Whether one views him as a heroic whistleblower helping to preserve civil liberties or a traitor endangering national security, Edward Snowden broke the law. Failing to prosecute him would send the message that people with top-secret clearance can choose for themselves whether to respect the law or not. That can’t happen. If Snowden made a sacrifice to protect civil liberties, then his sacrifice should extend to answering for his actions in court.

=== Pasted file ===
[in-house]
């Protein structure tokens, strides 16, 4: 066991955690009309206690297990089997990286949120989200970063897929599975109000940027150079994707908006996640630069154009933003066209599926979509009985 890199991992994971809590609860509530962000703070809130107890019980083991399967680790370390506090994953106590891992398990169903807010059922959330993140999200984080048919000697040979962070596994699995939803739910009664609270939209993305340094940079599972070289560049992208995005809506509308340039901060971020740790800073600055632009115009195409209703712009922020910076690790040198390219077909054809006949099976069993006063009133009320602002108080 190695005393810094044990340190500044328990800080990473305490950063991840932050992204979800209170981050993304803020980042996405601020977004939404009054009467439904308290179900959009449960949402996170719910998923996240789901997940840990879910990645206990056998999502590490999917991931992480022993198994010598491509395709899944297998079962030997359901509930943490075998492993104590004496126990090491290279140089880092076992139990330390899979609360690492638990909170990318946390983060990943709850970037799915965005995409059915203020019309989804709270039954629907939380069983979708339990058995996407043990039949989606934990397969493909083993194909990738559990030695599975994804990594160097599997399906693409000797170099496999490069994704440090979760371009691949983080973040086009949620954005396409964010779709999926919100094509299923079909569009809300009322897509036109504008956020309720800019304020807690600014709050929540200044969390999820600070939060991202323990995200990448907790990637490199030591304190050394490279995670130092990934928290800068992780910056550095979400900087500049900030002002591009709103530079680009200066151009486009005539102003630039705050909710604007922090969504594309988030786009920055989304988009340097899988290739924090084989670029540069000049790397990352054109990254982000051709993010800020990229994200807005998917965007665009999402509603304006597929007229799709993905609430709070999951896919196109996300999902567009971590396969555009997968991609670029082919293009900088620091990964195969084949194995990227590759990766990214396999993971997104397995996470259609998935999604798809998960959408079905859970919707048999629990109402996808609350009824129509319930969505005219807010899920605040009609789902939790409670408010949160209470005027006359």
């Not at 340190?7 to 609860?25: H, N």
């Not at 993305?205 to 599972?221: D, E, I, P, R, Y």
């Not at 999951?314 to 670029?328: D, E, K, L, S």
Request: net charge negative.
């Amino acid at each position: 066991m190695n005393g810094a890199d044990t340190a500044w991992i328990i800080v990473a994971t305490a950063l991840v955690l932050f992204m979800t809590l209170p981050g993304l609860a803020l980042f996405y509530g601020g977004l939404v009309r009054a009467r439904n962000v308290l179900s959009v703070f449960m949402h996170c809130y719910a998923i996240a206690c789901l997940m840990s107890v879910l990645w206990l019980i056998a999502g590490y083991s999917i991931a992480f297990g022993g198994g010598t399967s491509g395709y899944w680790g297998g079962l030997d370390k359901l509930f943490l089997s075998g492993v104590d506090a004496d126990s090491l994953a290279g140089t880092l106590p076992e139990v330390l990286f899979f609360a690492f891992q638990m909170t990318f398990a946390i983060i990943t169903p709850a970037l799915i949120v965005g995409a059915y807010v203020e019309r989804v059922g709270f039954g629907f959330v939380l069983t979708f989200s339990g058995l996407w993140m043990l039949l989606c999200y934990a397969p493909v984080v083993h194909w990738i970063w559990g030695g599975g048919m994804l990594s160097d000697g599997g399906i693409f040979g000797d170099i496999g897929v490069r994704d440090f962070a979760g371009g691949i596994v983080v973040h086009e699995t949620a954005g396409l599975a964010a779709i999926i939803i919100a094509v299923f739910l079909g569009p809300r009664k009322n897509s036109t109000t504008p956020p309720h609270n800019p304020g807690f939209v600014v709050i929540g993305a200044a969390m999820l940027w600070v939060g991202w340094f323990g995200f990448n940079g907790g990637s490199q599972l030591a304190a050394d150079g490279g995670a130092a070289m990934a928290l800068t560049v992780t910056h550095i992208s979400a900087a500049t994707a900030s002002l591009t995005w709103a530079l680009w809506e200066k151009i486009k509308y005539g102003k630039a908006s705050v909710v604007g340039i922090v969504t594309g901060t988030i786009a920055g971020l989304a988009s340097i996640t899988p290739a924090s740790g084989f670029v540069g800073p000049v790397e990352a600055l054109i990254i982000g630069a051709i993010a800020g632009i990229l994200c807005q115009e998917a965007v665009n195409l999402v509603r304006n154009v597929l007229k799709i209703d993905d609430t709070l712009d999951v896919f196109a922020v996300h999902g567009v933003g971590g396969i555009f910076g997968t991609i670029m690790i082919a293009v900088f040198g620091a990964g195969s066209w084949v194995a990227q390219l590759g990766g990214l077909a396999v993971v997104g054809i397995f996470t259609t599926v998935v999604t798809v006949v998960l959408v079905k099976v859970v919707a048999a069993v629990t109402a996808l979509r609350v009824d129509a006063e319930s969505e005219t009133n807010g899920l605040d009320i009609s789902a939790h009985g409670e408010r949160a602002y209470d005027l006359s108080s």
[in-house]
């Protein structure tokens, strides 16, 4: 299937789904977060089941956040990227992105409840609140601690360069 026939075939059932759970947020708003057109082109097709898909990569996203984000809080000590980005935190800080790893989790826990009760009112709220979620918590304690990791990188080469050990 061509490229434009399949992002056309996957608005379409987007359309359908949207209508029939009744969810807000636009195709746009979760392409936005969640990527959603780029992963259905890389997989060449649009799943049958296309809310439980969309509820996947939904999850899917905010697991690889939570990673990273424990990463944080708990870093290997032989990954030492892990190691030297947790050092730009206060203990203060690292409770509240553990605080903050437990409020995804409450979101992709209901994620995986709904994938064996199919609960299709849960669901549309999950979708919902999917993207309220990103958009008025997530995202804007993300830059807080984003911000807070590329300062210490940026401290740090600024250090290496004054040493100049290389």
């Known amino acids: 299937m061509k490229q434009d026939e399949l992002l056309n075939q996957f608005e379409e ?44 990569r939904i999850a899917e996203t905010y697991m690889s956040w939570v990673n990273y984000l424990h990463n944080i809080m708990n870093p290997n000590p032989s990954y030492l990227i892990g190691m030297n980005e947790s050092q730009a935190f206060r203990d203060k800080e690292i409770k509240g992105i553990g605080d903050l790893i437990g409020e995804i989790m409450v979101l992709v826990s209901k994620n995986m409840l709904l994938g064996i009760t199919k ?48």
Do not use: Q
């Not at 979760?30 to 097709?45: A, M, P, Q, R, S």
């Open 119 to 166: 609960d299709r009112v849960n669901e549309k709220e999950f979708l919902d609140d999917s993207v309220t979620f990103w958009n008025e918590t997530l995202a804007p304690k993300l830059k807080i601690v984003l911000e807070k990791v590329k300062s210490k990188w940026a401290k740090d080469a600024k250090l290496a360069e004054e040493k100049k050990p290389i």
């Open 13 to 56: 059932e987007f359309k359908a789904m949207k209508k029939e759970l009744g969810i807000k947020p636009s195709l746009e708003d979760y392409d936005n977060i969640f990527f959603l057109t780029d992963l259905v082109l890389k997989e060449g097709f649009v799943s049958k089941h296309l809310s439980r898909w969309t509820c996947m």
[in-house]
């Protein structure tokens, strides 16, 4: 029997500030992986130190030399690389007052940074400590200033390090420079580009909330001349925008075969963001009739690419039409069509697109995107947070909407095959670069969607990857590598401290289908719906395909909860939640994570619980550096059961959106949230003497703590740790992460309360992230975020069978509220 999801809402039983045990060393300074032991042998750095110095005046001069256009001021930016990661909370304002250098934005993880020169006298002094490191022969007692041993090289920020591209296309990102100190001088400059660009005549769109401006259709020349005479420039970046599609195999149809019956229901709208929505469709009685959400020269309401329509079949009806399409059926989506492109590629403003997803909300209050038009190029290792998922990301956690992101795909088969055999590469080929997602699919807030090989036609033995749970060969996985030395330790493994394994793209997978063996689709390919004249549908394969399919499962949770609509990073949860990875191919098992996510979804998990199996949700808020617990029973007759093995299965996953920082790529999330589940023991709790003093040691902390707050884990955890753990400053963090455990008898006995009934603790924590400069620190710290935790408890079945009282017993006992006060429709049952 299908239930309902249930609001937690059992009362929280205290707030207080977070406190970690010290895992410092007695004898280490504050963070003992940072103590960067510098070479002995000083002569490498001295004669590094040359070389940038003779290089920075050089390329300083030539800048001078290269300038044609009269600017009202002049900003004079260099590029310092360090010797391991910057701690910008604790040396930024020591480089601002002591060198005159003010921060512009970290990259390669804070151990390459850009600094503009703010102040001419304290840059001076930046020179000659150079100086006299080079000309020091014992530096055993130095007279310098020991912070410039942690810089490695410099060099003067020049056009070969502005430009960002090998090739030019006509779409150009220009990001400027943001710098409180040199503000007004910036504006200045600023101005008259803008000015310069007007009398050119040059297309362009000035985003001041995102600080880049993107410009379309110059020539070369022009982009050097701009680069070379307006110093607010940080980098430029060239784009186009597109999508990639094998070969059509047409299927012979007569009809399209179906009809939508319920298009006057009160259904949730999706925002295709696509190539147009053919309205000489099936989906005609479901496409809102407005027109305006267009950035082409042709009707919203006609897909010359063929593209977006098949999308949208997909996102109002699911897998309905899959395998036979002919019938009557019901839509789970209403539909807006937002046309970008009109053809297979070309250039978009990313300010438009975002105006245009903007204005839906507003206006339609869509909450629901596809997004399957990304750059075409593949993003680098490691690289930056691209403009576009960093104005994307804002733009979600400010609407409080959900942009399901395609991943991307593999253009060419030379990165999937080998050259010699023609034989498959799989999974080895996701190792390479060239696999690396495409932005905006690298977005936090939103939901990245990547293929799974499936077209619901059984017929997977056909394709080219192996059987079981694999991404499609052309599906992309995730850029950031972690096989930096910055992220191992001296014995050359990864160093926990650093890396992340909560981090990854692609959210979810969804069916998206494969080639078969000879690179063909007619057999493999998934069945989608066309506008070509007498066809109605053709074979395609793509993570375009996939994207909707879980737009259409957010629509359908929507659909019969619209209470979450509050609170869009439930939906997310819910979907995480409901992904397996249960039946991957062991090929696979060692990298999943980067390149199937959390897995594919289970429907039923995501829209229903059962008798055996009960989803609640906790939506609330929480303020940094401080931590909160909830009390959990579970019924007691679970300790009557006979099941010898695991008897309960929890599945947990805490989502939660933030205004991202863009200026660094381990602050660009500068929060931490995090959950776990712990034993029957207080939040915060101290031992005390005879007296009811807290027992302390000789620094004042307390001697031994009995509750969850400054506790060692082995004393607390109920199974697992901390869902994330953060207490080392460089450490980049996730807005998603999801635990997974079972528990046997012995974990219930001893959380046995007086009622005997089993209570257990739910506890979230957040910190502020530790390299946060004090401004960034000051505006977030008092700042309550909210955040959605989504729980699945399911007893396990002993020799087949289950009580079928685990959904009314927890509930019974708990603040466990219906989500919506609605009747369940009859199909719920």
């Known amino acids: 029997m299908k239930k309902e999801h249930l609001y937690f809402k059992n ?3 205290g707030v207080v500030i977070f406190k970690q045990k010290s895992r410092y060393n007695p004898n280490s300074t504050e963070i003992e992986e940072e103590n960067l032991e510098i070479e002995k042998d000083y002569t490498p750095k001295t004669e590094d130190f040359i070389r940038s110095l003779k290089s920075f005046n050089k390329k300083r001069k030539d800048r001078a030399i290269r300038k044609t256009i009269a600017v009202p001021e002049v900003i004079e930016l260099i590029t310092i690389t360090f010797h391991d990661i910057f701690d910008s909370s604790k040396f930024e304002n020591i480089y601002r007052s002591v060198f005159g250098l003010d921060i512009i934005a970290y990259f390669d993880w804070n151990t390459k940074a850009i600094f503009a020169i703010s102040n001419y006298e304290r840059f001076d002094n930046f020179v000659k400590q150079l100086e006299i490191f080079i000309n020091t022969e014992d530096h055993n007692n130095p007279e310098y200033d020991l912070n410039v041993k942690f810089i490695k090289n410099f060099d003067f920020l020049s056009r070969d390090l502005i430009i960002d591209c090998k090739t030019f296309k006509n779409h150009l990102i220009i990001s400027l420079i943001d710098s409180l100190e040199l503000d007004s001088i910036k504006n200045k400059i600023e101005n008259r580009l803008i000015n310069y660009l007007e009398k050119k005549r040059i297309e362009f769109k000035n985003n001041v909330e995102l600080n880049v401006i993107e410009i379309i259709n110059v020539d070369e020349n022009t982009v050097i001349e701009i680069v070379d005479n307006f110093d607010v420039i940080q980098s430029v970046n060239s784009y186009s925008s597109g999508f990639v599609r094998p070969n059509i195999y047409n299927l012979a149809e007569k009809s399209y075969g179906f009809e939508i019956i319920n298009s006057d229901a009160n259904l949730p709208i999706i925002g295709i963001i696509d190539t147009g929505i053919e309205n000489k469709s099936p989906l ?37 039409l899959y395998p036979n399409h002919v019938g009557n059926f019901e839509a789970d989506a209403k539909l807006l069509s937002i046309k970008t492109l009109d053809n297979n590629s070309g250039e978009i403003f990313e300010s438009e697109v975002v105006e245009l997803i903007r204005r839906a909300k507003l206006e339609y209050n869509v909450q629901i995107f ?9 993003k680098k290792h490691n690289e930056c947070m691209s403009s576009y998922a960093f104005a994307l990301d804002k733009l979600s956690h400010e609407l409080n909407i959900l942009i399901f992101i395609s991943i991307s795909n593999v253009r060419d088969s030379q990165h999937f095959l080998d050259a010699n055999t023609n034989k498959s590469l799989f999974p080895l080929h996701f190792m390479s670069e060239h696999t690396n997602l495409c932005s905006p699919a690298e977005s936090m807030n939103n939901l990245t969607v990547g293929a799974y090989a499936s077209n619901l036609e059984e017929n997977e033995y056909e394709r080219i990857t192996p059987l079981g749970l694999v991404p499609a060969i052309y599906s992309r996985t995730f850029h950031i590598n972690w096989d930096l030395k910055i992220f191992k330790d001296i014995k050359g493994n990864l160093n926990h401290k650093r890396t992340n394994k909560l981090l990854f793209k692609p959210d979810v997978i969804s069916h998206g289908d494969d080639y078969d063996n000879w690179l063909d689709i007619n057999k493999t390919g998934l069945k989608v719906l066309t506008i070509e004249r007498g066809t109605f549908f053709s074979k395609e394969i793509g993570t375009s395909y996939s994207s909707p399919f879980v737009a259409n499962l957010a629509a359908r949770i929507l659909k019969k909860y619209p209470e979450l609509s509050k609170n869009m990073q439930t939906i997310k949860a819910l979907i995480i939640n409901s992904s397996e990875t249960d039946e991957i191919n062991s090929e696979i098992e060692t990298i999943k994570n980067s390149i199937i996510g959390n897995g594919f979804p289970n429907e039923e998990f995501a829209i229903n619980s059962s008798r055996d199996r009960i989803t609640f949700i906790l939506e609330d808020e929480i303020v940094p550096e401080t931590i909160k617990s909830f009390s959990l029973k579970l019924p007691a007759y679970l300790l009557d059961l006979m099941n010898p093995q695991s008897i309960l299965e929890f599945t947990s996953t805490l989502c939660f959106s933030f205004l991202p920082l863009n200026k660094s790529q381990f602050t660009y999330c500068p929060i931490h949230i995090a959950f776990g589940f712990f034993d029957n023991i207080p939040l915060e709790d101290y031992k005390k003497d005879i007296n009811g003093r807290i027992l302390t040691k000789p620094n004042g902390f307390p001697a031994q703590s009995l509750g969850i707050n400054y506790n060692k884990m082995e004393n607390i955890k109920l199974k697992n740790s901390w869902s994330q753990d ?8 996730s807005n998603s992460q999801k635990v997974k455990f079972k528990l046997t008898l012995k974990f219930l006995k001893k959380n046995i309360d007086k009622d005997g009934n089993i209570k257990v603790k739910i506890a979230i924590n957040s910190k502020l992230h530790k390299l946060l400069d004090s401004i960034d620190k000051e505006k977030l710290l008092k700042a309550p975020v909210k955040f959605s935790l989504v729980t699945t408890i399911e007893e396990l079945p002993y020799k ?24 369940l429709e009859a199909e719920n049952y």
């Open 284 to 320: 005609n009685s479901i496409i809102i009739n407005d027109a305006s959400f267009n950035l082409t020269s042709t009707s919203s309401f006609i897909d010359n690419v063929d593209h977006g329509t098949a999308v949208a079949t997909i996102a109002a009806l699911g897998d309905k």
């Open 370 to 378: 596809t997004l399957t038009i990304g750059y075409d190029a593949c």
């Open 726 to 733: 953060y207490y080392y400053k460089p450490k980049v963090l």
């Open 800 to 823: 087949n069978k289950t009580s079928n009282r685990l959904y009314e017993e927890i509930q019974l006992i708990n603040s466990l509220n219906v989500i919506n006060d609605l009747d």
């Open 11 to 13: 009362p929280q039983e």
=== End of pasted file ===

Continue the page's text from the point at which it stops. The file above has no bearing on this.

The law should give appropriate latitude to whistleblowers who uncover government wrongdoing — even if they are, like Snowden, government contractors rather than official employees. As a contractor working for the National Security Agency, Snowden isn’t protected by the Whistle-blower Protection Enhancement Act, which excludes intelligence agencies, or a 2012 Obama administration directive, which covers intelligence workers but excludes contractors. Intelligence contractors should be covered. But whistle-blowing protections should only shield those who expose illegal wrongdoing — not people who merely want to make political statements against policies that, however objectionable, are properly authorized.